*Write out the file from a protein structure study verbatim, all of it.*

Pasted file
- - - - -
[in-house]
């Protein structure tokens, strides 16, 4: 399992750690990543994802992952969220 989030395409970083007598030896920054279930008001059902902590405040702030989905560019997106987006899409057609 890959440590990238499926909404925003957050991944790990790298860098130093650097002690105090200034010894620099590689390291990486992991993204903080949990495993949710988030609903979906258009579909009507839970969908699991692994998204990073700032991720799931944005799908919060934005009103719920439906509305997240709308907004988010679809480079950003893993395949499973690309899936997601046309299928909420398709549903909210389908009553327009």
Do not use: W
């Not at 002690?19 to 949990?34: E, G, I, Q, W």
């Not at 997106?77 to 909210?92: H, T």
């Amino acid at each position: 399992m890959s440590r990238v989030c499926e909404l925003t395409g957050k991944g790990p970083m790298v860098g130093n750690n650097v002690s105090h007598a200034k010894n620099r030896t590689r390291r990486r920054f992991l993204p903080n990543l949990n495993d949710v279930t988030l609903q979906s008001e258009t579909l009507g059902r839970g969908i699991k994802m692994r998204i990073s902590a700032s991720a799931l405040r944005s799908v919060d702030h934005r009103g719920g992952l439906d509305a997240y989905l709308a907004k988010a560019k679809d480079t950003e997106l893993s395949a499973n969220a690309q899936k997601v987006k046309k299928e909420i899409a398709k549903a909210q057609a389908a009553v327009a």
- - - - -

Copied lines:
[in-house]
């Protein structure tokens, strides 16, 4: 399992750690990543994802992952969220 989030395409970083007598030896920054279930008001059902902590405040702030989905560019997106987006899409057609 890959440590990238499926909404925003957050991944790990790298860098130093650097002690105090200034010894620099590689390291990486992991993204903080949990495993949710988030609903979906258009579909009507839970969908699991692994998204990073700032991720799931944005799908919060934005009103719920439906509305997240709308907004988010679809480079950003893993395949499973690309899936997601046309299928909420398709549903909210389908009553327009």
Do not use: W
């Not at 002690?19 to 949990?34: E, G, I, Q, W």
């Not at 997106?77 to 909210?92: H, T």
């Amino acid at each position: 399992m890959s440590r990238v989030c499926e909404l925003t395409g957050k991944g790990p970083m790298v860098g130093n750690n650097v002690s105090h007598a200034k010894n620099r030896t590689r390291r990486r920054f992991l993204p903080n990543l949990n495993d949710v279930t988030l609903q979906s008001e258009t579909l009507g059902r839970g969908i699991k994802m692994r998204i990073s902590a700032s991720a799931l405040r944005s799908v919060d702030h934005r009103g719920g992952l439906d509305a997240y989905l709308a907004k988010a560019k679809d480079t950003e997106l893993s395949a499973n969220a690309q899936k997601v987006k046309k299928e909420i899409a398709k549903a909210q057609a389908a009553v327009a």